Combining this logic with the right’s age-old gripe about liberal bias and the far right’s penchant for conspiracy theory, Trump has used the tools of reality TV to dramatize the idea that the media are lying to us. It doesn’t matter what position he takes on any particular issue—if he even bothers to take one—as long as he can convey the feeling that reality is being concealed. More important than the idea that a wall is going up is the feeling that a curtain is being pulled back.

Here’s an example. At a rally in Biloxi last January, Trump berated the cameraman shooting his speech for refusing to pan the camera to show the whole crowd. The media didn’t want him to, Trump’s logic went, because they didn’t want you to see how popular his rallies were. He did this at rally after rally. What he didn’t mention in Biloxi was that a cameraman at a Michigan rally had already panned and given a grateful crowd its well-earned screen time.

In these diatribes, Trump’s narrative sense is uncanny. The unfairness dawns on him only gradually. After a long rally packed to the gills, with thousands of fans outside clambering to get in, he goes home to his wife. “Darling, the speech was excellent,” Melania says. “Did you have many people there?” Trump is shocked. Was it not obvious that there were thousands of adoring fans? No, she tells him, the cameras stayed on your face the whole time. Well that’s not so bad, I do have a nice face—but, hey, why not show the crowd? Surely, it can’t be a media conspiracy; “maybe there’s something with the crazy computers.” They’re too complicated. (Incidentally, everything used to be much better.) But wait—when there are protestors, the camera pans right away. What’s going on here? They must not want anyone to know. They hate me. They’re trying to manipulate you. Dishonest. Dishonest.

The story is effective for a few reasons. First, Trump gives us a concrete image of the deceived viewer. His wife has assumed that the representation she gets on TV is pretty much the way things are. Second, Trump puts himself in the role of redeemer. After a period of patient skepticism that would do any reluctant conspiracy theorist proud, he uncovers the truth about the media for himself and his public. By referring ad nauseam to the apparatus through which viewers are watching the rally and suggesting they’re not getting the whole picture, Trump opens up a secret world of intrigue and gives them the hope of transcending it. He is Morpheus offering Neo the red pill.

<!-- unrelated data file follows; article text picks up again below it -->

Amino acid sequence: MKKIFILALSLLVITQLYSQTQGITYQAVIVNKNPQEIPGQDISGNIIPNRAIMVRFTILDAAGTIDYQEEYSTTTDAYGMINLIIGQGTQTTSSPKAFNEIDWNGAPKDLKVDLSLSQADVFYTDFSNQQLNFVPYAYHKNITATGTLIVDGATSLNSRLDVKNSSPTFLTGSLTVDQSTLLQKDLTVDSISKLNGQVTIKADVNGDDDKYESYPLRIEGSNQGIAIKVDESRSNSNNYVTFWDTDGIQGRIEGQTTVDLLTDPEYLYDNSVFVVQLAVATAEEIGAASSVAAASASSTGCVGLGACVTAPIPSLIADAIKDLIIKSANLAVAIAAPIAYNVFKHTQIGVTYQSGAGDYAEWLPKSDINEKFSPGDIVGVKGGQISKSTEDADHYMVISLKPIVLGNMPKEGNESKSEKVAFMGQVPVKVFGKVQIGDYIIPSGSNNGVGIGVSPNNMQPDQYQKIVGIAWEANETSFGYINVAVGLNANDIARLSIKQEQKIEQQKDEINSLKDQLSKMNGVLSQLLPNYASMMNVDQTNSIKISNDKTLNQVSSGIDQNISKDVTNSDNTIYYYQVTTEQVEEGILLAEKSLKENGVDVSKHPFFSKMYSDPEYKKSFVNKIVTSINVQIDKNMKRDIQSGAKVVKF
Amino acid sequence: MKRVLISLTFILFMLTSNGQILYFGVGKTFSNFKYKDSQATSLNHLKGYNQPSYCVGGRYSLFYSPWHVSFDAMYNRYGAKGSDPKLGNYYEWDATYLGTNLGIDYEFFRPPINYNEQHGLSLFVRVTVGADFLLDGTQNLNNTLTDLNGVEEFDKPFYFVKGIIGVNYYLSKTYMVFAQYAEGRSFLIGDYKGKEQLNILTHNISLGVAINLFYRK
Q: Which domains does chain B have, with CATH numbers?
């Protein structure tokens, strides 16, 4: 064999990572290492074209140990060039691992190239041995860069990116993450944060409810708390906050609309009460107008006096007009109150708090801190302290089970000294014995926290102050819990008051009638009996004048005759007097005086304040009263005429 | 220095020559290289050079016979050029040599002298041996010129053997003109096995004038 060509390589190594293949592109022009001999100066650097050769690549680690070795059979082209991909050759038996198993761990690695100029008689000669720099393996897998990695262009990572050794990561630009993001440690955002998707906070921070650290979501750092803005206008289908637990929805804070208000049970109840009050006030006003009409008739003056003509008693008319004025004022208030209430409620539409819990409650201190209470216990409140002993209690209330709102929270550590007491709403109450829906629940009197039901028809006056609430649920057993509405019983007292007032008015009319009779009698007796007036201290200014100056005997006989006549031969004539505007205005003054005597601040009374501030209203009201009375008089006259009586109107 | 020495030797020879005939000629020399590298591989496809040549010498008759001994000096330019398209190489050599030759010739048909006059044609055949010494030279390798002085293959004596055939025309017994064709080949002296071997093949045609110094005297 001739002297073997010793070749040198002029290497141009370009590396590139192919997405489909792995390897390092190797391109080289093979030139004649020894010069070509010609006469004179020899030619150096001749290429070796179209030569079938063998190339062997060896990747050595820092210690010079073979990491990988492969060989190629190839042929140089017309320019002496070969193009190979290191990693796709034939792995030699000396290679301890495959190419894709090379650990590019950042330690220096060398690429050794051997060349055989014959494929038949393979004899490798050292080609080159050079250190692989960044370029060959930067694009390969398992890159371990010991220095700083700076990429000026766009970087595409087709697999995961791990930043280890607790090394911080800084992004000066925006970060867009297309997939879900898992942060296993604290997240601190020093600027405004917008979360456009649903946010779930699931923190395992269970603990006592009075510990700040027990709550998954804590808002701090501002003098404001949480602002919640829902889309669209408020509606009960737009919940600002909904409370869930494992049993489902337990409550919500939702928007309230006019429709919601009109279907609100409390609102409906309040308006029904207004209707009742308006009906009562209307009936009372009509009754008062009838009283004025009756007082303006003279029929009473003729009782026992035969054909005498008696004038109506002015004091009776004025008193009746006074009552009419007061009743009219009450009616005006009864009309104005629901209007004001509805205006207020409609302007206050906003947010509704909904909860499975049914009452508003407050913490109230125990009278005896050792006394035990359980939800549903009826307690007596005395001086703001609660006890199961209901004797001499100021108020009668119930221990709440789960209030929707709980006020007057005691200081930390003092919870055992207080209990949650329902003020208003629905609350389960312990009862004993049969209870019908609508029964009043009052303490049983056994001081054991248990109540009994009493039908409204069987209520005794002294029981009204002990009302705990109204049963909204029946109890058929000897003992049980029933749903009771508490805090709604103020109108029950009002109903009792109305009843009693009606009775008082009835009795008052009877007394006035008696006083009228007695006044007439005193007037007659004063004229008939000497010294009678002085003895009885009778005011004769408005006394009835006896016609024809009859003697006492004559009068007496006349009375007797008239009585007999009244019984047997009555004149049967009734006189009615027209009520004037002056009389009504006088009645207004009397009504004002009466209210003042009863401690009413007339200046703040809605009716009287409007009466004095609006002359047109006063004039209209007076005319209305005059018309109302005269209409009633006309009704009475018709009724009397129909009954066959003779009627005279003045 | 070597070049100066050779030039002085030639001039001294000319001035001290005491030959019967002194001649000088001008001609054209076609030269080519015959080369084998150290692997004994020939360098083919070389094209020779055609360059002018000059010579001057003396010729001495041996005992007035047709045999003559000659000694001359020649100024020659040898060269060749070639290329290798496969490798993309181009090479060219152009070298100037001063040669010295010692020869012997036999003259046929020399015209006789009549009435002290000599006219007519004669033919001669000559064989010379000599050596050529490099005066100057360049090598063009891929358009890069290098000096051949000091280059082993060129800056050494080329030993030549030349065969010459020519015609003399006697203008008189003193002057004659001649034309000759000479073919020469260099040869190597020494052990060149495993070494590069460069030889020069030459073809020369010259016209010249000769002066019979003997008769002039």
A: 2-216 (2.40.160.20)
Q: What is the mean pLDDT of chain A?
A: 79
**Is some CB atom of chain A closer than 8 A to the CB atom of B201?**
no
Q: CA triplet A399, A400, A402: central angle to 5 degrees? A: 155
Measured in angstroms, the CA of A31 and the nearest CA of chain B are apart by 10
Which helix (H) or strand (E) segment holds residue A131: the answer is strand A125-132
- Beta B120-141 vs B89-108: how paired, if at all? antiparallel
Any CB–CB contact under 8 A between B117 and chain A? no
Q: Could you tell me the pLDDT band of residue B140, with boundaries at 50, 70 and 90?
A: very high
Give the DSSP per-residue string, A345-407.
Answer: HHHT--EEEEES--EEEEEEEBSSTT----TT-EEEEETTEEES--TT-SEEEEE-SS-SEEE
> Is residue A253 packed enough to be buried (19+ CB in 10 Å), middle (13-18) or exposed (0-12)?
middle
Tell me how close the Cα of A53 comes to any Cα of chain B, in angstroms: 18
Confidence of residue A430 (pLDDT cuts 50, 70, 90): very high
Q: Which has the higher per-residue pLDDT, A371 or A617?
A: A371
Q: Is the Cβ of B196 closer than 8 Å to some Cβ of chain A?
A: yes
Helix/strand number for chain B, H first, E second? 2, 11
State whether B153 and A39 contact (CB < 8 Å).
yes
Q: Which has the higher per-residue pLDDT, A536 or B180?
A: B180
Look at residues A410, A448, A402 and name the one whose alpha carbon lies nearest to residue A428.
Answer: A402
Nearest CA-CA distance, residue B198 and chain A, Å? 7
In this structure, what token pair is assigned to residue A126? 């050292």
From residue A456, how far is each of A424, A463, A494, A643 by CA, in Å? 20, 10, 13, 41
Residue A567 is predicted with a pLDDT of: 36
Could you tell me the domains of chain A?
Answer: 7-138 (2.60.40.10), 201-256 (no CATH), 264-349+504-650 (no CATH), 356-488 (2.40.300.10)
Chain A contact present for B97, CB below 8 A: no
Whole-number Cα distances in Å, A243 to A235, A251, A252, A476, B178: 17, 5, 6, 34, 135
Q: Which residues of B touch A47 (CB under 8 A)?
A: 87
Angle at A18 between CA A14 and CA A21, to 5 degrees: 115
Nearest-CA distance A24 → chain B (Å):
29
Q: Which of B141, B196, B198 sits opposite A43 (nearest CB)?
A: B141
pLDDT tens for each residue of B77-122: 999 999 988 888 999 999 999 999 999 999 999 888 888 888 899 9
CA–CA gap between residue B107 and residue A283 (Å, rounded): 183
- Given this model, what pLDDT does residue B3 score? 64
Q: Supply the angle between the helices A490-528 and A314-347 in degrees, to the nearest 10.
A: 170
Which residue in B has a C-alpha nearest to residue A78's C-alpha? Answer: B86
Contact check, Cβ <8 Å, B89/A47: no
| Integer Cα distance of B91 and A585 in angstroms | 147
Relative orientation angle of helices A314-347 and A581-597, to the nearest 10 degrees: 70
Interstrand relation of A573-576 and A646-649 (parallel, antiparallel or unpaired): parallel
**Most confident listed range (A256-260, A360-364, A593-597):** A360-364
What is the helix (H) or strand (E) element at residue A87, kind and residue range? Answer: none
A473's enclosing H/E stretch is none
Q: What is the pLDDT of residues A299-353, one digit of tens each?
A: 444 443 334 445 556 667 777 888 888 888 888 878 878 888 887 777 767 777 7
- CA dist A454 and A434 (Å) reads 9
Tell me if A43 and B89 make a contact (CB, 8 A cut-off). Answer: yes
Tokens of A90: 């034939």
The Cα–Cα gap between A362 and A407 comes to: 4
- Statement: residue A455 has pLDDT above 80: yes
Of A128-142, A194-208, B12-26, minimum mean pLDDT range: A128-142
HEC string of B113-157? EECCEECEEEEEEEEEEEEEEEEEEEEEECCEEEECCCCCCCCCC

When Trump breaks the fourth wall in these rants, it is no ordinary break, where the politician looks straight into the camera and speaks directly to the viewer at home. Trump, instead, surmounts the fourth wall, speaking not to the camera but past it, to the man operating it—a man apparently shackled by vast and nameless political interests. In the face of media bias, Trump speaks not to the viewers at home but on their behalf; he doesn’t just stand up to the media, he stands above it, offering the promise of an unmediated experience. This idea is reinforced on Trump’s Twitter feed, where he communicates “directly” with his supporters, links to conspiracy-mongering websites, and affects to help them express themselves by retweeting them. As he intoned to his supporters at the convention, “I am your voice.”

Trump has used a cultural environment that values exposure, disruption, and irreverence to make the charge that media coverage of the campaign is largely fictional.

Trump was right, in a way, when he called out the pundits, who can’t “figure [him] out.” When they turn to their accustomed tools to expose Trump’s lies, they find them blunted. This is partly because they appear on a medium that seems to have been debased and discredited. When the media fact-check Trump, they look like pedants poking holes in an episode of “Keeping Up With the Kardashians.”

This is dangerous because, even if it doesn’t always live up to them, traditional media coverage does at least recognize ideals of fair reporting and reasoned argument. But by dressing rational discourse in the garb of advertisement and amusement, TV news, in particular, has made itself vulnerable to the charge of manipulation. Because it comes in the same packaging as entertainment—dramatic music, tacky sets, fabricated conflict, transparently partisan “personalities”—it becomes easy to see the content itself as fiction.

Trump has used a cultural environment that values exposure, disruption, and irreverence to make the charge that media coverage of the campaign is largely fictional. It has been an alarmingly successful political strategy—though, thankfully, only to a point. In the process, he has shown the extent to which our politics has already been subsumed by a culture so obsessed with pulling back the curtain that it doesn’t seem to care what’s behind it.

Alexander Stern

Alexander Stern is a doctoral candidate in philosophy at the University of Notre Dame.